The holiday season is often a time to gather with family and friends. Sometimes, people consider their in-laws and even their ex-in-laws to be family and relatives worthy to be visited during the holidays, particularly if there are children involved. But does this analysis carry over for insurance coverage?
The Arizona Court of Appeals recently weighed in on this question.1 Following a fire at her mother-in-law’s home, an injured daughter-in-law sought coverage under her mother-in-law’s “House & Home Policy.” At the time of the fire, the policyholder’s daughter-in-law and her husband were living with the policyholder. The policy contained the following definition:
Insured person(s)—means you and, if a resident of your household:
a) any relative; and
b) any person under the age of 21 in your care.
The fire had destroyed personal property and inflicted serious physical injuries to the daughter-in-law, her husband, and her son (the policyholder’s son and grandson). Claims were submitted to the mother-in-law’s insurance carrier. Regarding liability coverage, the policy excluded coverage for “bodily injury to an insured person . . . whenever any benefit of this coverage would accrue directly or indirectly to an insured person” and coverage for “bodily injury to any insured person or regular resident of the insured premises.”
The injured daughter-in-law argued those exclusions should not apply because she was not a “relative” of her mother-in-law. She maintained that the term “relative” was not defined in the policy, it was ambiguous, and should be construed narrowly in her favor to mean “someone must be related by ‘blood’ or ‘common descent.’ ” The Court of Appeals disagreed and found her construction of the term inconsistent with Arizona precedent.
The court concluded that:
“[U]sually, ‘relative’ is defined as persons connected by blood (consanguinity) or marriage (affinity).”. . . . We see no reason to deviate from our prior interpretation of the term “relative.”2
In other words, unless defined otherwise in the policy, Arizona courts will interpret the term “relative” to mean one connected by blood or marriage. The court found that the daughter-in-law was a “relative” to her mother-in-law for purposes of applying the exclusion.
What about former in-laws? In an earlier case, the Court of Appeals considered whether an ex-son-in-law was a “relative” under his former-mother-in-law’s homeowners insurance policy.3 In that instance, even after the divorce, the ex-son-in-law lived with the policyholder’s daughter after the divorce, received mail at his former mother-in-law’s address, visited his children living with his ex-wife at that address, and was “commonly thought of” as a relative.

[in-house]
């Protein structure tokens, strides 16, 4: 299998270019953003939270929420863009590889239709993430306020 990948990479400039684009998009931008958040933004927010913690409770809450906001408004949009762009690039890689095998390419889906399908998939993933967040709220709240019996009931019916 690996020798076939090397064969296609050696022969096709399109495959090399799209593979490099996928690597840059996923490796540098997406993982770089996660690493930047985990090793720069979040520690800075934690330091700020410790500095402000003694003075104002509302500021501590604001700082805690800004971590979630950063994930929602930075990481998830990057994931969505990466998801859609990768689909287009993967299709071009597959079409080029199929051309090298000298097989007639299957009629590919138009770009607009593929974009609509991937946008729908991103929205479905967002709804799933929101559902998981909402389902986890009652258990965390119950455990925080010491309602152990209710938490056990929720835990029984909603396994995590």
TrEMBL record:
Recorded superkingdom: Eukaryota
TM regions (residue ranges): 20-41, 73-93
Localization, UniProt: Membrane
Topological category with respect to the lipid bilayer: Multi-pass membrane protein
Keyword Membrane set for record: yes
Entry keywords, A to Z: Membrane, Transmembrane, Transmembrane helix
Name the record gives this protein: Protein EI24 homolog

The policy, in that case, provided:
4. “insured” means you and, if residents of your household,
(a) your relatives;
The term “relative” was not defined in this policy. The appellate court explained:
Courts have defined the term “relative” in a number of ways, depending upon the circumstances and context in which the term is used. Usually, “relative” is defined as persons connected by blood (consanguinity) or marriage (affinity). In this case, the policyholder’s daughter had been divorced for many years before the incident giving rise to the claim of coverage. The divorce decree forever terminates the bonds of matrimony unless the parties remarry. Because the ex-son-in-law was not related to the policyholder by blood or marriage at the time material herein, the only conclusion the trial court could reach was that he was not an insured.
* * *
His relationships with his children and ex-wife after the divorce were not relevant to the issue of his legal relationship to his former mother-in-law. In insurance cases, one not a relative by blood or marriage is not covered as a relative.4
In other words, in the case of connection by marriage, if the marital bonds are terminated at the time of the loss, the person is not a “relative”
So, although one may consider their in-laws (including their ex-in-laws) to be family, they may not be a “relative” for purposes of insurance coverage in Arizona.
1 Allstate Vehicle and Prop. Ins. Co. v. Maile, No. 1 CA-CV 17-0723, 2018 WL 5116546 (Ariz. App. Oct. 18, 2018).
2 Maile, 2018 WL 5116546 at * 2 (citations omitted; emphasis added).
3 Groves v. State Farm Life & Cas. Co., 171 Ariz. 191, 829 P.2d 1237 (Ariz. App. 1992).
4 Groves, 171 Ariz. at 192, 829 P.2d at 1238 (emphasis added).